At 40:00 Appeared to be penetrated. Not fluffy but coated and into the grain (due to frequent stirring?) Continued to incubate until 48hr mark. Smell has become quite intense, nutty, funky mustiness. Try and stabilize temps better to avoid stirring to cool and obtain a fluffier end product for next attempt. Use a temperature probe. Main goal is to keep around 95F(35C) for entire 30-48hrs for optimal propagation. Removed the finished product from the cheesecloth and into a new baggie and weigh in grams. I got 564g finished koji from 400g dry rice. Place bag in fridge in a container. Here is a close up photo at 48hrs.
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Beerisgud

Beerisgud

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Here we will be starting the moto/shubo or yeast starter.
Here are some notes on the next 48hrs of Moto before the yeast is pitched. You will see I did the math out for all future additions. We start with 7% and double up until the full 100%.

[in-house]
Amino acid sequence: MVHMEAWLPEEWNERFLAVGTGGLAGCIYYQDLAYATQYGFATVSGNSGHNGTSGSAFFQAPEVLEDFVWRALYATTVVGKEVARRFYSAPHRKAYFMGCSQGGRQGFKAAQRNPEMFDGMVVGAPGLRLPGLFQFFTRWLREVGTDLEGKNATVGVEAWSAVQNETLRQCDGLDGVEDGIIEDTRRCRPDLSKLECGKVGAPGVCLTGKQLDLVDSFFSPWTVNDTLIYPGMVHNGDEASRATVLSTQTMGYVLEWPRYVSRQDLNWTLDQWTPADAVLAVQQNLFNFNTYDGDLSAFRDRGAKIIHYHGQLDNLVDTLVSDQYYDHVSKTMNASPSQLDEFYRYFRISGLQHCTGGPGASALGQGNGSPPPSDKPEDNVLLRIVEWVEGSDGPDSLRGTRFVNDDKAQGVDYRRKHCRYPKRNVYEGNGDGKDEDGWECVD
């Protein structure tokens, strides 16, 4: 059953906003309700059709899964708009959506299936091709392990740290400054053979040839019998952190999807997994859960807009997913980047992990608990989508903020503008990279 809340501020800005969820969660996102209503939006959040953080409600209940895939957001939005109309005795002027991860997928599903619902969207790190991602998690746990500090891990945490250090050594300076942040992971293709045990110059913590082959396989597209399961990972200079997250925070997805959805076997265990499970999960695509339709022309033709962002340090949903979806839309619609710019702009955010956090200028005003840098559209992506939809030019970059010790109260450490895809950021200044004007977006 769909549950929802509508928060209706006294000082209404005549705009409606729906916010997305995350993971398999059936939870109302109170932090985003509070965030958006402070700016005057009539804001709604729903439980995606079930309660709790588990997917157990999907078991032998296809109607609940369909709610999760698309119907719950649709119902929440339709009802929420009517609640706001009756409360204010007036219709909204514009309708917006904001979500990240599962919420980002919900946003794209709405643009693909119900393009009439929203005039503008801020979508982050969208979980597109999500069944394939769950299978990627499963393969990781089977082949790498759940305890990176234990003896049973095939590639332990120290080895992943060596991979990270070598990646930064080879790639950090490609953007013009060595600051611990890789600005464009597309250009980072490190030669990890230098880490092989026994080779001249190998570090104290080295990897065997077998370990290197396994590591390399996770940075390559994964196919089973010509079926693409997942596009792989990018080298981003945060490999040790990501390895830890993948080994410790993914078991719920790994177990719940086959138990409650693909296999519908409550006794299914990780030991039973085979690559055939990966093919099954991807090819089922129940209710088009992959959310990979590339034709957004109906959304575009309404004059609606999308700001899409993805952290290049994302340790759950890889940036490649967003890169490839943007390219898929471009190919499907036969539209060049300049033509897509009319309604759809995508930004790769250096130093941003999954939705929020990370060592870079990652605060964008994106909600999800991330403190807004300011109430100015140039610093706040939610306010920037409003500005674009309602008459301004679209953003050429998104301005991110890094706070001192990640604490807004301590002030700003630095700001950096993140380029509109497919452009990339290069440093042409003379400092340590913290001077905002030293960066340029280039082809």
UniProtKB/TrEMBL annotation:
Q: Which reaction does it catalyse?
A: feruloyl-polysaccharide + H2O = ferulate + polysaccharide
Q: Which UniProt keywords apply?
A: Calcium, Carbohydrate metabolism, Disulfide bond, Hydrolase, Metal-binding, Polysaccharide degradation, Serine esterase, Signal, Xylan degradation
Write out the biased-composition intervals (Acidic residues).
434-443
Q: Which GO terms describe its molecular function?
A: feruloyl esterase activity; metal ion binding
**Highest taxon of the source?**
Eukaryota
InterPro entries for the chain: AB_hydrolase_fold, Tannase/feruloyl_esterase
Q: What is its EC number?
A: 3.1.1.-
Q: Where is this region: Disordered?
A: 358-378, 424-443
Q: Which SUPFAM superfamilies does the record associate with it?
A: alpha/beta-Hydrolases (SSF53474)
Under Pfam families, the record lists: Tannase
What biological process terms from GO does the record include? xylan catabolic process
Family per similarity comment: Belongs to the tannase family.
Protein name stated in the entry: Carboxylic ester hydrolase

I based my calculations on my Koji final weight-564g at 48hr of incubation. Keep the koji refrigerated or freeze in their separate addition amounts for a later sake batch. Do not freeze whole, will be pain to separate for additions. 2-3 weeks fresh or 3 months frozen shelf life.

Sake ingredients ratio

25:100:160

Koji:rice(dry):water

564g:2,256g:3,610g -this is total 100% weight and will use these numbers to get the following percentages.

Combine first 7% of ingredients stir well and room temp for 48 hrs. Add yeast then chill for 12hrs 50F(10C). This is the shubo/moto or yeast mash starter. See day 1.

Additions calculations:

Shubo: 7% koji: 39.48g rice: 157.92g water: 252.7g + sake yeast after first 48hr past (lalvin k1-v1116 was used)